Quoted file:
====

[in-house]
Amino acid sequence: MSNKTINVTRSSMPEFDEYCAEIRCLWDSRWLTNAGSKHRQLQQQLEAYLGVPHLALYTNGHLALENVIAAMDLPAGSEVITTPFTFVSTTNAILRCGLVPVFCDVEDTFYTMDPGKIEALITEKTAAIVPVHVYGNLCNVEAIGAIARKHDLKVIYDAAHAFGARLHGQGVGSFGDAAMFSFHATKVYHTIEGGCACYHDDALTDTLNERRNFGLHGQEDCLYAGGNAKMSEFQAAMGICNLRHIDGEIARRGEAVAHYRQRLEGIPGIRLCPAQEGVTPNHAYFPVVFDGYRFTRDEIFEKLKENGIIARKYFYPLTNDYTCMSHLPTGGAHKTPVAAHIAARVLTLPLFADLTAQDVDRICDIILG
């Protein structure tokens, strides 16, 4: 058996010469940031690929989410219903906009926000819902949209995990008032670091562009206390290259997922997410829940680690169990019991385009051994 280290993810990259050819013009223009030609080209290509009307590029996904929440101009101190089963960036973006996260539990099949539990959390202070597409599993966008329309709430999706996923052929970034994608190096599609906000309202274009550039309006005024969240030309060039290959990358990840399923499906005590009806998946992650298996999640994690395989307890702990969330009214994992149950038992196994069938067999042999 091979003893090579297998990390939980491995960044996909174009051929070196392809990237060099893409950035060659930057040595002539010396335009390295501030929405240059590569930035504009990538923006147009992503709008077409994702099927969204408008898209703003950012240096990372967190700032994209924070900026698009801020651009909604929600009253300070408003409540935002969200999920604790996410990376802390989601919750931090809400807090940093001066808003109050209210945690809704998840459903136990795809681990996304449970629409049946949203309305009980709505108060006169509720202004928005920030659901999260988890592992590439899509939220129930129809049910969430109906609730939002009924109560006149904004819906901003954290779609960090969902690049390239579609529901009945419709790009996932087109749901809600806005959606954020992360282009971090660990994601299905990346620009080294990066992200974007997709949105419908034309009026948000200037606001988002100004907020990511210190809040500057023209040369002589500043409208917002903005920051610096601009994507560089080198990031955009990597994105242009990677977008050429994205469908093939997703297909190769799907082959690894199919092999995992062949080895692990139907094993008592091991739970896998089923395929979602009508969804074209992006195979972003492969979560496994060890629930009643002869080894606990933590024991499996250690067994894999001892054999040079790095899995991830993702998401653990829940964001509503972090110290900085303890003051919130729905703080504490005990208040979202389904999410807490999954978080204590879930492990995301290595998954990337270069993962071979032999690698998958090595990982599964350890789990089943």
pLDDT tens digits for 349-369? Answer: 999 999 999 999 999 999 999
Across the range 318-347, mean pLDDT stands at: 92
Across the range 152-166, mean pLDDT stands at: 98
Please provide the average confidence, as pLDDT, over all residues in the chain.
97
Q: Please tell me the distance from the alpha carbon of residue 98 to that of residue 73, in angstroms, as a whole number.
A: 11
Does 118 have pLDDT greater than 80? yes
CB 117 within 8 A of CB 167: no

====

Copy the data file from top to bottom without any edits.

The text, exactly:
[in-house]
Amino acid sequence: MSNKTINVTRSSMPEFDEYCAEIRCLWDSRWLTNAGSKHRQLQQQLEAYLGVPHLALYTNGHLALENVIAAMDLPAGSEVITTPFTFVSTTNAILRCGLVPVFCDVEDTFYTMDPGKIEALITEKTAAIVPVHVYGNLCNVEAIGAIARKHDLKVIYDAAHAFGARLHGQGVGSFGDAAMFSFHATKVYHTIEGGCACYHDDALTDTLNERRNFGLHGQEDCLYAGGNAKMSEFQAAMGICNLRHIDGEIARRGEAVAHYRQRLEGIPGIRLCPAQEGVTPNHAYFPVVFDGYRFTRDEIFEKLKENGIIARKYFYPLTNDYTCMSHLPTGGAHKTPVAAHIAARVLTLPLFADLTAQDVDRICDIILG
């Protein structure tokens, strides 16, 4: 058996010469940031690929989410219903906009926000819902949209995990008032670091562009206390290259997922997410829940680690169990019991385009051994 280290993810990259050819013009223009030609080209290509009307590029996904929440101009101190089963960036973006996260539990099949539990959390202070597409599993966008329309709430999706996923052929970034994608190096599609906000309202274009550039309006005024969240030309060039290959990358990840399923499906005590009806998946992650298996999640994690395989307890702990969330009214994992149950038992196994069938067999042999 091979003893090579297998990390939980491995960044996909174009051929070196392809990237060099893409950035060659930057040595002539010396335009390295501030929405240059590569930035504009990538923006147009992503709008077409994702099927969204408008898209703003950012240096990372967190700032994209924070900026698009801020651009909604929600009253300070408003409540935002969200999920604790996410990376802390989601919750931090809400807090940093001066808003109050209210945690809704998840459903136990795809681990996304449970629409049946949203309305009980709505108060006169509720202004928005920030659901999260988890592992590439899509939220129930129809049910969430109906609730939002009924109560006149904004819906901003954290779609960090969902690049390239579609529901009945419709790009996932087109749901809600806005959606954020992360282009971090660990994601299905990346620009080294990066992200974007997709949105419908034309009026948000200037606001988002100004907020990511210190809040500057023209040369002589500043409208917002903005920051610096601009994507560089080198990031955009990597994105242009990677977008050429994205469908093939997703297909190769799907082959690894199919092999995992062949080895692990139907094993008592091991739970896998089923395929979602009508969804074209992006195979972003492969979560496994060890629930009643002869080894606990933590024991499996250690067994894999001892054999040079790095899995991830993702998401653990829940964001509503972090110290900085303890003051919130729905703080504490005990208040979202389904999410807490999954978080204590879930492990995301290595998954990337270069993962071979032999690698998958090595990982599964350890789990089943």
pLDDT tens digits for 349-369? Answer: 999 999 999 999 999 999 999
Across the range 318-347, mean pLDDT stands at: 92
Across the range 152-166, mean pLDDT stands at: 98
Please provide the average confidence, as pLDDT, over all residues in the chain.
97
Q: Please tell me the distance from the alpha carbon of residue 98 to that of residue 73, in angstroms, as a whole number.
A: 11
Does 118 have pLDDT greater than 80? yes
CB 117 within 8 A of CB 167: no